1 month ago

Build a car computer ‘carputer’ with Raspberry Pi

Power up your in-car entertainment with a Raspberry Pi Car Computer (carputer) Raspberry Pi. By Rob Zwetsloot

Build a Car Computer with Raspberry Pi 

One of the ultimate mods for modern cars is to replace or upgrade the entertainment system. This can range from something as small as adding new speakers, to replacing the stock stereo, or – in our case – creating a custom car computer (also known as a ‘carputer’) purpose-built for your car.

The Raspberry Pi is fantastic for this task. It’s small enough that it’s easy to hide, and powerful enough to handle simple telemetry, dash-cam recording, GPS, and more. Thanks to AutoPi, you won’t need to be deep in the bowels of your car snipping wires, either, and you can control it using a cloud-based service. Let’s make your car futuristic with a carputer!

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This feature first appeared in The MagPi 81.

Car Computer Warning!

For the safety of yourself and other motorists, you need to make sure your eyes are on the road while driving. This is also the law in many countries. Make sure your interactions with your new computer are minimal while driving, and do not under any circumstances play videos for yourself.

In-car entertainment: From radios to carputers

It may surprise you to learn that it was back in 1904 that the first in-car entertainment system – in the form of a car radio – was demonstrated at the Louisiana Purchase Exposition (an old-time world’s fair) by the father of radio himself, Lee de Forest. That must have been extraordinary – cars themselves a very new concept, and radio not too old either. It wasn’t commercially viable at all, but can you imagine?

Classic radio

The 1937 Philips Auto Radio weighed 24 kg and took up eight litres of space on the floor

By the 1920s, radios began to be installed in cars, with AM-radio-equipped cars numbering 9 million by the late forties.

FM, tape, and beyond

It’s in the fifties that in-car entertainment started to resemble what we see in cars today. First was FM radio. In the sixties, tape players in the form of cassette and 8-track started appearing. Now you could choose your music in your car. How fantastic is that?

From there, CD players exploded in the nineties, followed by the classic ‘back of the seat’ DVD players for the kids, satnav boxes you’d stick to the windscreen, dash-cams, auxiliary in, USB in, SD card slots, Bluetooth syncing, and even WiFi connectivity. It’s frankly incredible how quickly we’ve moved from a pouch of CDs in the glove compartment to your podcast picking up where you left it as you turn on your car.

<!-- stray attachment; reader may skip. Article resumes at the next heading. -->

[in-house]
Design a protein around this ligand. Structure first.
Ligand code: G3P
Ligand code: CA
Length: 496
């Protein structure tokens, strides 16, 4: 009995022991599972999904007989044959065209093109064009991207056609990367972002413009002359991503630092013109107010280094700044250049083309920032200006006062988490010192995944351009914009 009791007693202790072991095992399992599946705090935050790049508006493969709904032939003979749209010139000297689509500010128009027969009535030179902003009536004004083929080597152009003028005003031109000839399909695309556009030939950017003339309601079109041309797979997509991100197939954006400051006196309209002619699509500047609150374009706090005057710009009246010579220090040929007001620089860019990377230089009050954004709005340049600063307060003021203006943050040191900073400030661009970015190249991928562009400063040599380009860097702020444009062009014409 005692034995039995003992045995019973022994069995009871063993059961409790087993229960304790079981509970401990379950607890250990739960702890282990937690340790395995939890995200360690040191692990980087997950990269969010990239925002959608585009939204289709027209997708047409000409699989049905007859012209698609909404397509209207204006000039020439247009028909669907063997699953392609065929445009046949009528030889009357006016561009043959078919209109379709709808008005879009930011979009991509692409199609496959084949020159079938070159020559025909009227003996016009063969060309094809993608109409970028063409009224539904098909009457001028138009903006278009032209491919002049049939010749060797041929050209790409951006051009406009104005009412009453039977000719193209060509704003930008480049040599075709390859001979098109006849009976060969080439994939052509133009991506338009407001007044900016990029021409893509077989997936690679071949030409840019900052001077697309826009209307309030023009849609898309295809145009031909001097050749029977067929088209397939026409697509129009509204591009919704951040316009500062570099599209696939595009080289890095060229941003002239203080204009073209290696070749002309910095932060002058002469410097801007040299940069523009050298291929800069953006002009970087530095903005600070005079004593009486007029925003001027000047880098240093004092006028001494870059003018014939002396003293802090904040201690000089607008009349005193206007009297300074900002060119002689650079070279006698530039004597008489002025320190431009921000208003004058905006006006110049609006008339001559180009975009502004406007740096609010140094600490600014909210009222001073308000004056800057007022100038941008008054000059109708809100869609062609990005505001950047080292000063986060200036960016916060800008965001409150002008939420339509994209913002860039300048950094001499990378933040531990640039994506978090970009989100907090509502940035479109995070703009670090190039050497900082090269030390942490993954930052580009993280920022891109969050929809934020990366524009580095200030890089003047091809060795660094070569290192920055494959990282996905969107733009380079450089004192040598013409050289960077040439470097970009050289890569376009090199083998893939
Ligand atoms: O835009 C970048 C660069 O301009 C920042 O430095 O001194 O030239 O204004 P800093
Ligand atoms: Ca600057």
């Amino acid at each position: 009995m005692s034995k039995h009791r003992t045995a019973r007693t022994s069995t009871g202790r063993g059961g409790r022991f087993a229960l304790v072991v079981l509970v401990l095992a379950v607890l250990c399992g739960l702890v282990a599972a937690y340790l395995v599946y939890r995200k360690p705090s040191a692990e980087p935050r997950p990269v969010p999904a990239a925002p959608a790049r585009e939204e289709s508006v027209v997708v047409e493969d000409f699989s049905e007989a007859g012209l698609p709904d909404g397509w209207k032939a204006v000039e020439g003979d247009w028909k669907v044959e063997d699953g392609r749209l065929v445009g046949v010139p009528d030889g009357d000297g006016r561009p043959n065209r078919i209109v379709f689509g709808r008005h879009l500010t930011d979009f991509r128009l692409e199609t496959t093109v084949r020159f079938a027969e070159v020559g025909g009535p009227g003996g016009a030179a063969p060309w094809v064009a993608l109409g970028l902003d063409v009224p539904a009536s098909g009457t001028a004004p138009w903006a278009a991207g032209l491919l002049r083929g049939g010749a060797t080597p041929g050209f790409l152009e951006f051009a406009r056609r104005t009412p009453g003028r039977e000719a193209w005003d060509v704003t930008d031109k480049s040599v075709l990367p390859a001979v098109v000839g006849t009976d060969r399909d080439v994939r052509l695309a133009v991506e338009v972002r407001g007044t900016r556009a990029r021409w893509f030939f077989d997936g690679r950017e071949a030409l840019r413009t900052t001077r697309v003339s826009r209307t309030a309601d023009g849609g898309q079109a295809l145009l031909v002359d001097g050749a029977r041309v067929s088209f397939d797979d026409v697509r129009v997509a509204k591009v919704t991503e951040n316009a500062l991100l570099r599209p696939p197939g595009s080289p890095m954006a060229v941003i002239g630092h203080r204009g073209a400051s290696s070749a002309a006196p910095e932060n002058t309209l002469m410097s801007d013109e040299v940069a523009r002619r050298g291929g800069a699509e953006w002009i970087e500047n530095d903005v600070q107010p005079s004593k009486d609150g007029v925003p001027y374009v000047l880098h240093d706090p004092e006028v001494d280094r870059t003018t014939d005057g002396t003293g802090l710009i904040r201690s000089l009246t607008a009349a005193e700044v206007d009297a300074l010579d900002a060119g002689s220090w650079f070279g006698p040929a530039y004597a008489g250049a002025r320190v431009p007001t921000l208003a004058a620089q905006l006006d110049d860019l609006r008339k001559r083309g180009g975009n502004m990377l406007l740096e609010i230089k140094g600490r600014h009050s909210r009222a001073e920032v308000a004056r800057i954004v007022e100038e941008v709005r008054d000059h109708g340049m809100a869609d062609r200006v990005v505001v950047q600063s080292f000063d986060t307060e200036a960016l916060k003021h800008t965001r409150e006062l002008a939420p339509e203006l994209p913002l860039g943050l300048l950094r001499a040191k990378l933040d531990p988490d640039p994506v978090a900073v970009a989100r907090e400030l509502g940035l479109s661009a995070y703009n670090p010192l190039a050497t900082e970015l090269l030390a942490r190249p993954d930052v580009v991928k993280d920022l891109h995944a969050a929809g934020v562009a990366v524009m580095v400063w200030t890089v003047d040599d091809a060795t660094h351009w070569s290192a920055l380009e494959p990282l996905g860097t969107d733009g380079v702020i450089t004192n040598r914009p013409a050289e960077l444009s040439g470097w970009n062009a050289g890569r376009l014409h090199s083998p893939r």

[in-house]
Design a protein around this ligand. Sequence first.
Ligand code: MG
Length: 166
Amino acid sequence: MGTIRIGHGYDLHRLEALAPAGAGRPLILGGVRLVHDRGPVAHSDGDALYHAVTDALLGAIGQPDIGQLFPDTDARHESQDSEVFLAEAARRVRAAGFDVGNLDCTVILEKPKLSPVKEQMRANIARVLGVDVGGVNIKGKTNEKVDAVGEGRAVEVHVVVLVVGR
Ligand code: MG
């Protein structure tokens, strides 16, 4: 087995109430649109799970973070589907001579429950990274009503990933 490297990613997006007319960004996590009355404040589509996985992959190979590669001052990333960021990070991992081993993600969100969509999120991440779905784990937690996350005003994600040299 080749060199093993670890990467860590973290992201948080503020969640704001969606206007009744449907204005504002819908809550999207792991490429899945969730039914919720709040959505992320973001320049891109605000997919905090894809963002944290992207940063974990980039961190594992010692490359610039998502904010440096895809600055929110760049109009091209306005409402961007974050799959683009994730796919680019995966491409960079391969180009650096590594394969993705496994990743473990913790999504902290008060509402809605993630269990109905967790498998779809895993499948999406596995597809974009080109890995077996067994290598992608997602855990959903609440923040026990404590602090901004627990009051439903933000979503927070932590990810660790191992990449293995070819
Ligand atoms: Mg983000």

Modern radio

A classic CD/stereo head unit, removable to deter enterprising thieves

Raspberry Pi: We can do better

The stock systems aren’t always amazing, though, are they? They have potential but the UI is lacking or it’s missing some key, seemingly obvious feature. Ours sometimes crashes during navigation, which can be fun. People have been replacing their in-car entertainment with custom computers for years; however, it’s now far easier than ever thanks to the Raspberry Pi.

Install the car computer: A step-by-step guide to installing a Pi-based ICE carputer

Shopping list

The SmartiPi Touch case is pretty easy to put together. If you want to make sure you’re doing it 100% correctly, you can always follow the YouTube assembly guide.

Add the AutoPi adapter

The AutoPi hardware comprises two parts: the adapter board that slots onto the Raspberry Pi like a HAT, and the OBD-II dongle. The adapter board’s spacers need to attached to both the Pi and the adapter before affixing it onto the GPIO pins and fastening the board to the Pi with some nuts.

The AutoPi adapter

The AutoPi adapter

Attach the dongle

With the adapter in place, you can now add the dongle on top and fasten it in place with some screws. You’ll need to take it apart first and remove the Pi Zero inside. There will be a little hanging cable to connect to the 4G modem, which attaches to a USB adapter that goes into the Raspberry Pi.